Flocks of sheep in Algeria have been decimated by illness. Our Observer filmed videos in the Hautes Plaines region in the Atlas Mountains of Algeria, where hundreds of sheep have died in an epidemic of ovine rinderpest in the past few months. Many livestock farmers say that the authorities left them to this fate.
Since October 2018, this epidemic of ovine rinderpest has spread across 13 regional departments in Algeria, including El Bayadh, Tébessa, Béjaïa, Laghouat and Djelfa.
Ovine rinderpest is a highly infectious disease that mainly affects sheep and goats. The disease is spread by close contact between animals. It is an airborne disease, so it can be transmitted by small respiratory droplets released when an infected animal coughs or sneezes. The disease is not dangerous to people.
In 2008, several different cases were identified in Morocco. In August 2012, another small outbreak was reported in Tunisia. This is the first time, however, that this disease has been recorded in Algeria.
On January 3, our Observer Noureddine Ben Cheikh went to the home of a livestock farmer, who had lost part of his flock in the region of El Abiodh Sidi Cheikh, in the steppes in western Algeria.
This livestock farmer has lost 300 sheep since the epidemic started, a loss which totalled 4,500,000 dinars [equivalent to more than €33,000]. He told our Observer that he was angry at the government’s failure to respond to this crisis.
Our Observer Noureddine Ben Cheikh filmed this video. Here is a transcription of what the livestock farmer said: “It’s a catastrophe. We’ve received no support from the government; the authorities are absent. We went to the department of agriculture [in the region, or wilaya, of El Bayadh], but they didn’t help us. I am going to burn the [dead] sheep so that this epidemic doesn’t spread throughout my flock.”
This livestock farmer burned his dead sheep to reduce the risk of the disease spreading (as shown in the video below).
WARNING: This video contains images that some people may find upsetting. It was filmed by our Observer Noureddine Ben Cheikh.
"The epidemic has mostly spread in the Hautes Plaines region”
Our Observer, Noureddine Ben Cheikh, has spoken to many livestock farmers in the affected region.
For the past few months, ovine rinderpest has killed thousands of sheep and the livestock farmers feel as if they have been abandoned to their fate. The epidemic has especially spread in the Hautes Plaines region. I’ve been speaking to several livestock farmers, who say that they haven’t received the vaccinations that are normally delivered by vaccination centres run by the Ministry of Agriculture. Where are these vaccines?
"One vet for 500,000 sheep"
Larbi Tahar, a farmer in the El Abiodh Sidi Cheikh region, was more lucky. For the time being, none of his sheep have succumbed to the disease – he believes this is because he was able to isolate his flock in an enclosure. He says that farmers in his region have not had enough support in dealing with this devastating epidemic.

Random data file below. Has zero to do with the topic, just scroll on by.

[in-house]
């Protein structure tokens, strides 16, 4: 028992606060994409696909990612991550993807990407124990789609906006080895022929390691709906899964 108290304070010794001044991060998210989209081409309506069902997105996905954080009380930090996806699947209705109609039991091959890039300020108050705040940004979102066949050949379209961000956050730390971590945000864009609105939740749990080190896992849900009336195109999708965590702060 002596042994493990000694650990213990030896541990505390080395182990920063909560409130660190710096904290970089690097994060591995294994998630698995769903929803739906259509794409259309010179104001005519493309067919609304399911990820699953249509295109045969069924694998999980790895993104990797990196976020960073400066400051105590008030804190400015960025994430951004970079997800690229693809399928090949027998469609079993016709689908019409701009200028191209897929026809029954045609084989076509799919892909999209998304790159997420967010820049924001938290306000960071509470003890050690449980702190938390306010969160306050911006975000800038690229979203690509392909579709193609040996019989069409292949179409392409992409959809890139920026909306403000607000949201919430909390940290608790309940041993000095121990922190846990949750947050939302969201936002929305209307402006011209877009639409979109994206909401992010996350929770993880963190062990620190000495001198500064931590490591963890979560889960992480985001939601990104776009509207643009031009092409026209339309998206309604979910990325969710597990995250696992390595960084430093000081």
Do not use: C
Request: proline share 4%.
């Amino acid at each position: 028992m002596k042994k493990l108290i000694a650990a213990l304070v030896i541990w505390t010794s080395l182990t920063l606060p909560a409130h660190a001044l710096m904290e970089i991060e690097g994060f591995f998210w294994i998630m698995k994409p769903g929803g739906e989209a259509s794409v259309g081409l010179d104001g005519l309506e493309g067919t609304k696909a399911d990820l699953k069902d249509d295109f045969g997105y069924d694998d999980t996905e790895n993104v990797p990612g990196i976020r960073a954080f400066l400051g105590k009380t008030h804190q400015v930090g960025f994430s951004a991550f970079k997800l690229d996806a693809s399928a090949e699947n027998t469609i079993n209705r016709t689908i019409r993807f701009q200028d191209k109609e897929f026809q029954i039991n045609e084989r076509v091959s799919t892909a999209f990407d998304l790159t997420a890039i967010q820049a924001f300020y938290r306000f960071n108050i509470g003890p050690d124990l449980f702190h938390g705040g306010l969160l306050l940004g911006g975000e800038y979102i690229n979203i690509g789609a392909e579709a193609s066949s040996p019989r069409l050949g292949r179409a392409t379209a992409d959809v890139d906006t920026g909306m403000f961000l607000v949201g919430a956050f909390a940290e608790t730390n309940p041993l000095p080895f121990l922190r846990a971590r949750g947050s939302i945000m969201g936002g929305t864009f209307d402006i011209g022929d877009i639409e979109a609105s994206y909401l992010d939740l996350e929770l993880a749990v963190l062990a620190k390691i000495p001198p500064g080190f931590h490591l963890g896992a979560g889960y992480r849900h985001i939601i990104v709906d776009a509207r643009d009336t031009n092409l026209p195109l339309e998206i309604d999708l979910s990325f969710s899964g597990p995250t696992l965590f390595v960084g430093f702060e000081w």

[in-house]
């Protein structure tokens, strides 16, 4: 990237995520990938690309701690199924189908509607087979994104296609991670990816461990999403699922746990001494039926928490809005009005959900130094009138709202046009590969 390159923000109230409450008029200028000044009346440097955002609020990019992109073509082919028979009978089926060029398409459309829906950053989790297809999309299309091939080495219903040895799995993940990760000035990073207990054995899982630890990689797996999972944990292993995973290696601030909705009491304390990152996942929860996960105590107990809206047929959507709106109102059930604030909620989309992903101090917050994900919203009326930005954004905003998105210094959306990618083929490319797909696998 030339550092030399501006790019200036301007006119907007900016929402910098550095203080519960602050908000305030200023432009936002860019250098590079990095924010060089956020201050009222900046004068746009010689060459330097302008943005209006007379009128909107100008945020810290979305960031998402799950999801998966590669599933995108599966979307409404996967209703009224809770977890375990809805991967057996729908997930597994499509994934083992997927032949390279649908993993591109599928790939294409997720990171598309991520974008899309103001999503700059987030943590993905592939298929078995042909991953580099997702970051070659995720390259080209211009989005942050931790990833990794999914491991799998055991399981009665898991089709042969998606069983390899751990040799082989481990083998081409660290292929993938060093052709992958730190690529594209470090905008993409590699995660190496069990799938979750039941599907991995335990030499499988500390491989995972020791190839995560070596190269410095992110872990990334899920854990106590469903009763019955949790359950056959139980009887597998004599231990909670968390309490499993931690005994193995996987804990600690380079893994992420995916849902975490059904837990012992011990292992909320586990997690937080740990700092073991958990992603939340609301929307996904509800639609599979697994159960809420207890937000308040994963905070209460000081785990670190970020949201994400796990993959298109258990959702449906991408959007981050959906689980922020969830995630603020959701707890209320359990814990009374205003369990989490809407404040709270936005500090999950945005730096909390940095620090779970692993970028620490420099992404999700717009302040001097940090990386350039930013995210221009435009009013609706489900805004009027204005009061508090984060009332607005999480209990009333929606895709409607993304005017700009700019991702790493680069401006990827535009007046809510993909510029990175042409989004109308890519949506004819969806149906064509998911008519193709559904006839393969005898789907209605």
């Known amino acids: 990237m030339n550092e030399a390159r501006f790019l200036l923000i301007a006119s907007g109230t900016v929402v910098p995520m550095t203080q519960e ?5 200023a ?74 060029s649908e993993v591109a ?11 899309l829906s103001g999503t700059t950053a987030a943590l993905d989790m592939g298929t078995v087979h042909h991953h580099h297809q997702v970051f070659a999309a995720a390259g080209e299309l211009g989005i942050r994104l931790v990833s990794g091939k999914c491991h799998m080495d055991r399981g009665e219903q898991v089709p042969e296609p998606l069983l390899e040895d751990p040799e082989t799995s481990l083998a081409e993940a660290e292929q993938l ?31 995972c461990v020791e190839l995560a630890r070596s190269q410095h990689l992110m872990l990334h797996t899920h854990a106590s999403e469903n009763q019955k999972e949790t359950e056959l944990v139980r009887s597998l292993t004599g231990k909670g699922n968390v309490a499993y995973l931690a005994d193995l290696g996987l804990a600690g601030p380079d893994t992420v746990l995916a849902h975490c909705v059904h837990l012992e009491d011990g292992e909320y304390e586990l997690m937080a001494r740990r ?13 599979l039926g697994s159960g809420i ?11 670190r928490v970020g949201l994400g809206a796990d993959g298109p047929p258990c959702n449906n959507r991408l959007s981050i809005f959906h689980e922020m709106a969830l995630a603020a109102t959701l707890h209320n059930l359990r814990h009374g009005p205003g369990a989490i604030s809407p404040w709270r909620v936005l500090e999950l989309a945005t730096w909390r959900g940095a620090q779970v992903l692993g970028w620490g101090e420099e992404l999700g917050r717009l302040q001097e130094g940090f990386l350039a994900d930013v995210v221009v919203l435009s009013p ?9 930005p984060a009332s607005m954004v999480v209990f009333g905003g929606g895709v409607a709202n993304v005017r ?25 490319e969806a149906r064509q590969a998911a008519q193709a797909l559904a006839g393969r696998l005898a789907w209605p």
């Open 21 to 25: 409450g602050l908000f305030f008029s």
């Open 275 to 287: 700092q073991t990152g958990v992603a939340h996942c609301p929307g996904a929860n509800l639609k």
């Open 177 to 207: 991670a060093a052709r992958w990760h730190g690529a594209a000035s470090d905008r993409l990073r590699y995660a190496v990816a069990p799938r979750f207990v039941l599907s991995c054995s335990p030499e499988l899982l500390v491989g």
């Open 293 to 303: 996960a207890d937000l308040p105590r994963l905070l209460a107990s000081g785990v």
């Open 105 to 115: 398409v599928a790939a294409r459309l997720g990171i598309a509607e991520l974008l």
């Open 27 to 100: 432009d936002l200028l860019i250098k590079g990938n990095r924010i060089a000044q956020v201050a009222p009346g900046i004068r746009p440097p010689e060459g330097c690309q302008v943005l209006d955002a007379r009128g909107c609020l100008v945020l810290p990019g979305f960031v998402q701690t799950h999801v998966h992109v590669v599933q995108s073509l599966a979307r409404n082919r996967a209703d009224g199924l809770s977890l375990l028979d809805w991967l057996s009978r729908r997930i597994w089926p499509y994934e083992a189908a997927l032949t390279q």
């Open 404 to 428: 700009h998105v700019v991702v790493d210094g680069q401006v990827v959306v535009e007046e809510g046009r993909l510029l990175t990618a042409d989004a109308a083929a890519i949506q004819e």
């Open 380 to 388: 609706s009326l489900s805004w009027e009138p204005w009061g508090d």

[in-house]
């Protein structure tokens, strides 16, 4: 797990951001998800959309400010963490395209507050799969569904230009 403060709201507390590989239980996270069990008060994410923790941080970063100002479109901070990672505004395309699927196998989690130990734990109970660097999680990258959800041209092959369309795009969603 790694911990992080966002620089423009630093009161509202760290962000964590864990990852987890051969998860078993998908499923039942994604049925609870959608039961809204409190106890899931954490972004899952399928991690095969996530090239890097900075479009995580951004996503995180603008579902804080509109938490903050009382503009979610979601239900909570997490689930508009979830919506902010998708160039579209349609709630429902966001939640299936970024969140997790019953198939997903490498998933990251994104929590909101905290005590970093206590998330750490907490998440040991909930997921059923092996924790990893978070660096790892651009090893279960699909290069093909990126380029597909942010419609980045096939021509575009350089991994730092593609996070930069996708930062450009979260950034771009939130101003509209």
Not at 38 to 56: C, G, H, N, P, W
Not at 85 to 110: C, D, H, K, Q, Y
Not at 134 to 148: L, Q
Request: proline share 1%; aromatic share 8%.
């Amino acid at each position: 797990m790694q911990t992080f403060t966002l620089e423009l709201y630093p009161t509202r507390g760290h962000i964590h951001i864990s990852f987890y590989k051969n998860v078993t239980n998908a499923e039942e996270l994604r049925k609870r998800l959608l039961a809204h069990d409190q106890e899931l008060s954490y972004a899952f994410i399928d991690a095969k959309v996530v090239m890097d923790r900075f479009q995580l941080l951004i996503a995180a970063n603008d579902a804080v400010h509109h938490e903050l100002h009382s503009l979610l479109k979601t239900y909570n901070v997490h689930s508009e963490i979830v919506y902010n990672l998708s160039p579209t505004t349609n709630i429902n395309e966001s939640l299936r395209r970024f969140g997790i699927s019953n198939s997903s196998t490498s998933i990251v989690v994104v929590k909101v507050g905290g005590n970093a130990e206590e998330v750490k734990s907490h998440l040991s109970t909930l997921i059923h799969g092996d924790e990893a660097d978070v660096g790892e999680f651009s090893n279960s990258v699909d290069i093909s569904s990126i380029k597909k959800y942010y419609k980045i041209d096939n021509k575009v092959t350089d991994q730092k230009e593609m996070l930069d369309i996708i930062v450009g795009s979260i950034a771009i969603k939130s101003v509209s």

To keep my sheep from mixing with those belonging to other farmers, I keep them in their own enclosure. I also avoid bringing them to the pastures because I don’t want them to come into contact with other farmers' sheep.
I went to the veterinary centre run by the Ministry of Agriculture a few days ago and they told me that there were no available vaccines. In our region, there is only one veterinarian for an estimated 500,000 sheep. And he doesn’t even have a car.
In the region of Chréa, which is about 60 kilometres south of Algiers, a group of livestock farmers blocked a road with the bodies of dead sheep to protest the government’s failure to develop an emergency plan to contain this disease.
WARNING: These videos contain images that some people may find upsetting. The top video shows the roadblock started by angry farmers. The second video shows livestock farmers burying the sheep killed by this epidemic.
The authorities maintain that they have taken measures against the ovine rinderpest epidemic. The Ministry of Agriculture announced that about 3,000 sheep had died of the disease. In late December 2018, the Ministry announced that they had allocated 400 million Algerian dinars (around €3 million) to buy vaccines. On January 9, however, many livestock farmers, including those in El Abiodh Sidi Cheikh, had still not received the vaccinations, according to Observer Ben Cheikh.
The Ministry of Agriculture announced that weekly markets would be closed until January 25.
Unlike the authorities, a veterinarians' union does not think the situation is under control.
“The authorities need to distribute 25 million vaccines in the next 15 days, otherwise eight million more sheep will die,” said the organisation’s spokesperson, Najib Dahmane, in a press statement.
The France 24 Observers team contacted the Ministry of Agriculture to find out more about the measures taken to control the epidemic and will publish their response when we receive it.